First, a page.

This week's cover: November 20, 2014


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Mel Pearson: At the helm of the Huskies


By Alyssa Hollenback
Let’s Play Hockey

Have you heard? The Michigan Tech Huskies are the nation’s new No. 1 team. At 10-0-0, Michigan Tech is the NCAA’s only undefeated team and is off to the best start in the program’s 94-year history. While an impressive feat for these young athletes, any true sports fan knows that a team is only as good as its leaders. And with leadership like Mel Pearson, who is now in his fourth season as head coach, it is no surprise that the Huskies have become a force to be reckoned with in men’s Division I hockey.

Read more: Mel Pearson: At the helm of the Huskies

Dear parents: I want your kid to fail


By Josh Levine

Yes, you read that right. I want your kid to fail. Specifically, I want your kid to fail in hockey, and the earlier he or she can start failing, the better. I am so convinced of the positive value of failure that I believe you, as a parent, should actually hope your player fails this season. Why? Because it is the only way they can truly succeed in the game and beyond.

Read more: Dear parents: I want your kid to fail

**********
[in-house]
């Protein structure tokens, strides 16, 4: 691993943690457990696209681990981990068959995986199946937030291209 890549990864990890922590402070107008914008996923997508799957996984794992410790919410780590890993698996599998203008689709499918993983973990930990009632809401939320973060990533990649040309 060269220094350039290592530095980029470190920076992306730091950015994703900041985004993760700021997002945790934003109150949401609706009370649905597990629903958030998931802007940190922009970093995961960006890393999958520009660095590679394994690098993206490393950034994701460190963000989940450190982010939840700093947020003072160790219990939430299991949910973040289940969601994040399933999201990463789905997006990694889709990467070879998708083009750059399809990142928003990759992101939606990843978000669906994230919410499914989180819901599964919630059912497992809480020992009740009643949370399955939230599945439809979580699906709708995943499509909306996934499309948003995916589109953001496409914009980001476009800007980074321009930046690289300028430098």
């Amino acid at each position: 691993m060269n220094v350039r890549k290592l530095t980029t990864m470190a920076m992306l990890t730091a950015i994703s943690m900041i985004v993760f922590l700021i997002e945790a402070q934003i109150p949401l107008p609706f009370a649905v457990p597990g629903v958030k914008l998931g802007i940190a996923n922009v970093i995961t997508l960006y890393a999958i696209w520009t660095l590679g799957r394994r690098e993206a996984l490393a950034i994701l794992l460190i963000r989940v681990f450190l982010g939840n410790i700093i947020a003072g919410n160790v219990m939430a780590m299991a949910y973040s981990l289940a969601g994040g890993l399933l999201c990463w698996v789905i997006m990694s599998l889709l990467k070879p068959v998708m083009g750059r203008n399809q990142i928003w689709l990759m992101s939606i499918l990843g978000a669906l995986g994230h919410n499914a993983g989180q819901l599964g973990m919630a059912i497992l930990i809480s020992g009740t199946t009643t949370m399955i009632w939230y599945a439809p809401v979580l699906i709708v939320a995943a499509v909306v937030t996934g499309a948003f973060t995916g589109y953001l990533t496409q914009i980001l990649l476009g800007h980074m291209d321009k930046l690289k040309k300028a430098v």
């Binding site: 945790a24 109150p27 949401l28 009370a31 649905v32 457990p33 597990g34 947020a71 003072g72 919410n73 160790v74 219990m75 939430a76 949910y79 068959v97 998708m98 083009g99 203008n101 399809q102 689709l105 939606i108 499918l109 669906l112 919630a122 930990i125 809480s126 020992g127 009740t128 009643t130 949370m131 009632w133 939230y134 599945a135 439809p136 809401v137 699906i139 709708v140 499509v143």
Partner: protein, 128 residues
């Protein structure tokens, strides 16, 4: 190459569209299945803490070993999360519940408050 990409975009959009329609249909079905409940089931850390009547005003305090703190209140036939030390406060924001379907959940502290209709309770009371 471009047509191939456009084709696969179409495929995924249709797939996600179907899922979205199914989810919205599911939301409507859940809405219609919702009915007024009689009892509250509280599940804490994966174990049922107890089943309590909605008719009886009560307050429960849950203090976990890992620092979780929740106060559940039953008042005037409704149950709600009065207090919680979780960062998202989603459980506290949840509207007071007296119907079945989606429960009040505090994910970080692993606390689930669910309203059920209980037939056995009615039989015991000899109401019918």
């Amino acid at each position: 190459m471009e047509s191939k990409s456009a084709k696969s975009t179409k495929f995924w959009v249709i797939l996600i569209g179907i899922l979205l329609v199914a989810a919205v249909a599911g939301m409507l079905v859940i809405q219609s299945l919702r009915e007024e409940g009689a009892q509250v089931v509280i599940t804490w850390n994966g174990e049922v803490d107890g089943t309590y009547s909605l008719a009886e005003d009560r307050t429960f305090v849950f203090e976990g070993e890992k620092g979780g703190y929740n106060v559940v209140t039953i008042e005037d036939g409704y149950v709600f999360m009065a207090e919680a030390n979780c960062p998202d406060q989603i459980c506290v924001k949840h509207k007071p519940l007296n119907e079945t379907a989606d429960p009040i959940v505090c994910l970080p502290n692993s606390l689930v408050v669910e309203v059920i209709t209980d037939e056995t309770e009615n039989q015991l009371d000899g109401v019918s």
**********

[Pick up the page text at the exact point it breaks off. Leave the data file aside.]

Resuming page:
One of the Carlson (not Hanson) brothers


Former Fighting Saint and North Star Jack Carlson is now sharing life lessons as a youth hockey referee. And, no, he wasn’t in “Slap Shot.”


By John Hamre
Let’s Play Hockey Guest Columnist

In the spring of 1976, the movie “Slap Shot” was filmed, in Johnstown, Pa. The now-iconic movie was based upon the minor league hockey team playing there. Written by the sister of a Johnstown Jets team member, “Slap Shot” starred legendary actor Paul Newman. The script portrayed the Johnstown Jets in the movie as the fictitious Charlestown Chiefs. The three hockey playing brothers in the movie – the Hanson Brothers – were inspired by Jeff, Jack and Steve Carlson, brothers who each played for the Johnstown Jets.

Read more: One of the Carlson (not Hanson) brothers

From Hockeytown USA to Division I


By Chris Bagwell

At just over 1,800 people, Northern Minnesota town Warroad’s population is less than one percent of traditional hockey markets like that of Minneapolis, Buffalo and Boston. Warroad’s commitment and success within the hockey community, however, is second to none. Boys and girls of all ages are encouraged, and provided the necessary resources, to pursue their passion for the game. A perfect example of this engagement to hockey exists within the Warroad girls’ youth program, extending all the way to the high school team.

Read more: From Hockeytown USA to Division I